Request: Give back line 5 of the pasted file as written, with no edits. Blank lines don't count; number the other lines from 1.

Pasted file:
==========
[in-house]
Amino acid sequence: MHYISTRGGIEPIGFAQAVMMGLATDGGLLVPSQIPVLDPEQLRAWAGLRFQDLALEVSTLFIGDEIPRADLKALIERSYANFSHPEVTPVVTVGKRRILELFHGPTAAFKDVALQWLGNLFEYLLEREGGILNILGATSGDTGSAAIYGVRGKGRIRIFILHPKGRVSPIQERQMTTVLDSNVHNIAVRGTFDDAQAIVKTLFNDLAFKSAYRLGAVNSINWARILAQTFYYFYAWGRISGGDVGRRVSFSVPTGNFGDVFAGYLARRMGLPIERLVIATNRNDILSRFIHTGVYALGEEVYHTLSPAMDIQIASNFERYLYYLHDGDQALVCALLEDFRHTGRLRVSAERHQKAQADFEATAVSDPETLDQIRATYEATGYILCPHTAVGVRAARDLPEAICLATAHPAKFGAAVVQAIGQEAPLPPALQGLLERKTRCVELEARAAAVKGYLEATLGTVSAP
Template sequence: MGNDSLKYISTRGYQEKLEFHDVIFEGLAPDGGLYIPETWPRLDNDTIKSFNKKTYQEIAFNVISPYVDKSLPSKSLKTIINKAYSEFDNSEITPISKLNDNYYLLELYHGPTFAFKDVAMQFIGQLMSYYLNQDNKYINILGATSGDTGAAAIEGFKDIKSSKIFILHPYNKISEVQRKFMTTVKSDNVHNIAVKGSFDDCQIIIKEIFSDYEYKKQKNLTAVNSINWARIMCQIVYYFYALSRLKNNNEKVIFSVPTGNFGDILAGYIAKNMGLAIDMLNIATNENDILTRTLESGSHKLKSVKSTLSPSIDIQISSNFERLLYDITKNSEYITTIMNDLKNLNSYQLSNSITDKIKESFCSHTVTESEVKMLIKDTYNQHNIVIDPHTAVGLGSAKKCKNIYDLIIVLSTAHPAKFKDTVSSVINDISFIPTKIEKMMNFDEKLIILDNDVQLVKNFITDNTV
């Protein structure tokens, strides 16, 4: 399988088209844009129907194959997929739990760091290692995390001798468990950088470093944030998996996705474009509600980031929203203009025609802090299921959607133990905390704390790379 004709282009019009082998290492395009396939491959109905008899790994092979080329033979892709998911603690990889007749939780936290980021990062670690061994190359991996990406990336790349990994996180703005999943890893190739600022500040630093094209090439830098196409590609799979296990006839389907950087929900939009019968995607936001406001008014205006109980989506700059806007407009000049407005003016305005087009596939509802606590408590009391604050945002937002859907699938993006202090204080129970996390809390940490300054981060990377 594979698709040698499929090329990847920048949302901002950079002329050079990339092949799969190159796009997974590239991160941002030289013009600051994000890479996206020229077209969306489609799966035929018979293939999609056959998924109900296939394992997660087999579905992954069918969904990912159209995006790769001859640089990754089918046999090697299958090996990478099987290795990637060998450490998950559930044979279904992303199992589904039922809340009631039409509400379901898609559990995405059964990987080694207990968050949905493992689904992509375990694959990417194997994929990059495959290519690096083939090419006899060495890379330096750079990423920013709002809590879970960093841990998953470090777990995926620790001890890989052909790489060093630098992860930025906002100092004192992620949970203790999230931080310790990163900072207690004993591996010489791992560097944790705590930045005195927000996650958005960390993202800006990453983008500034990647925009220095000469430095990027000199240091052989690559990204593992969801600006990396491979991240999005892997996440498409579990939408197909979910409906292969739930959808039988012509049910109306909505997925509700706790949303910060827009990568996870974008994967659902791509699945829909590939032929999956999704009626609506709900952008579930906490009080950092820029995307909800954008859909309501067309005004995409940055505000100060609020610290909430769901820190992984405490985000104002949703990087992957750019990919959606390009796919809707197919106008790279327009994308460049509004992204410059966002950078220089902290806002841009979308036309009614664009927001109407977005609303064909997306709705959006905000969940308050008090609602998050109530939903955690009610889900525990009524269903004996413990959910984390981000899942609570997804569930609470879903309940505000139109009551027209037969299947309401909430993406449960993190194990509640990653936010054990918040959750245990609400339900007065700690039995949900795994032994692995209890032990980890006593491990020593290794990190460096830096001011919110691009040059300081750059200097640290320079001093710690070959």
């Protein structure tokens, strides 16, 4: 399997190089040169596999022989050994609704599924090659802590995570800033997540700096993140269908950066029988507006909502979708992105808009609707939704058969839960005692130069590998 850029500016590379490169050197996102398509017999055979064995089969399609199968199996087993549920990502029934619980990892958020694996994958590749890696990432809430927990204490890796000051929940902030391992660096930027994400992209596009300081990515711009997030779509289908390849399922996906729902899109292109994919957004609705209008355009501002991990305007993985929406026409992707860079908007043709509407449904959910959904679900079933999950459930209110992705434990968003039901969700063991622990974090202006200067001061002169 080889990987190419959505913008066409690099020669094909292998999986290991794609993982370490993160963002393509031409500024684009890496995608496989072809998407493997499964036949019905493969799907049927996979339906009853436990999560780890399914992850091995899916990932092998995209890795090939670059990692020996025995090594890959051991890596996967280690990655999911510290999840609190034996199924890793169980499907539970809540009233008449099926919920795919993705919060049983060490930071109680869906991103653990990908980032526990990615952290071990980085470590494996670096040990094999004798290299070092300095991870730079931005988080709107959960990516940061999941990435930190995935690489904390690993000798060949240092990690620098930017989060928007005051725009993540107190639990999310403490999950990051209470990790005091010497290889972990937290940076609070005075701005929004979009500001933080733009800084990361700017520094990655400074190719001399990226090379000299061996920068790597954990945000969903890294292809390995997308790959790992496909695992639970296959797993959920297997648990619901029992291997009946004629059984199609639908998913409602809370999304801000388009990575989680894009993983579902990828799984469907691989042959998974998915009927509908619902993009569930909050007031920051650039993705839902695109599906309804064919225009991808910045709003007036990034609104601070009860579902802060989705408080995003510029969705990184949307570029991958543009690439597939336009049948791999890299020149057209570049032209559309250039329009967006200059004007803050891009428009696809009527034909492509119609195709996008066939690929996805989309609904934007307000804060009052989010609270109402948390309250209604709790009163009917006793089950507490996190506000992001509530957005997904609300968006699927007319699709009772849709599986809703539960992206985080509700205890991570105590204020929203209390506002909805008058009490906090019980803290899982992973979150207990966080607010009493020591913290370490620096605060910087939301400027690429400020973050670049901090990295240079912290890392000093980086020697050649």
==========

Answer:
């Protein structure tokens, strides 16, 4: 399997190089040169596999022989050994609704599924090659802590995570800033997540700096993140269908950066029988507006909502979708992105808009609707939704058969839960005692130069590998 850029500016590379490169050197996102398509017999055979064995089969399609199968199996087993549920990502029934619980990892958020694996994958590749890696990432809430927990204490890796000051929940902030391992660096930027994400992209596009300081990515711009997030779509289908390849399922996906729902899109292109994919957004609705209008355009501002991990305007993985929406026409992707860079908007043709509407449904959910959904679900079933999950459930209110992705434990968003039901969700063991622990974090202006200067001061002169 080889990987190419959505913008066409690099020669094909292998999986290991794609993982370490993160963002393509031409500024684009890496995608496989072809998407493997499964036949019905493969799907049927996979339906009853436990999560780890399914992850091995899916990932092998995209890795090939670059990692020996025995090594890959051991890596996967280690990655999911510290999840609190034996199924890793169980499907539970809540009233008449099926919920795919993705919060049983060490930071109680869906991103653990990908980032526990990615952290071990980085470590494996670096040990094999004798290299070092300095991870730079931005988080709107959960990516940061999941990435930190995935690489904390690993000798060949240092990690620098930017989060928007005051725009993540107190639990999310403490999950990051209470990790005091010497290889972990937290940076609070005075701005929004979009500001933080733009800084990361700017520094990655400074190719001399990226090379000299061996920068790597954990945000969903890294292809390995997308790959790992496909695992639970296959797993959920297997648990619901029992291997009946004629059984199609639908998913409602809370999304801000388009990575989680894009993983579902990828799984469907691989042959998974998915009927509908619902993009569930909050007031920051650039993705839902695109599906309804064919225009991808910045709003007036990034609104601070009860579902802060989705408080995003510029969705990184949307570029991958543009690439597939336009049948791999890299020149057209570049032209559309250039329009967006200059004007803050891009428009696809009527034909492509119609195709996008066939690929996805989309609904934007307000804060009052989010609270109402948390309250209604709790009163009917006793089950507490996190506000992001509530957005997904609300968006699927007319699709009772849709599986809703539960992206985080509700205890991570105590204020929203209390506002909805008058009490906090019980803290899982992973979150207990966080607010009493020591913290370490620096605060910087939301400027690429400020973050670049901090990295240079912290890392000093980086020697050649």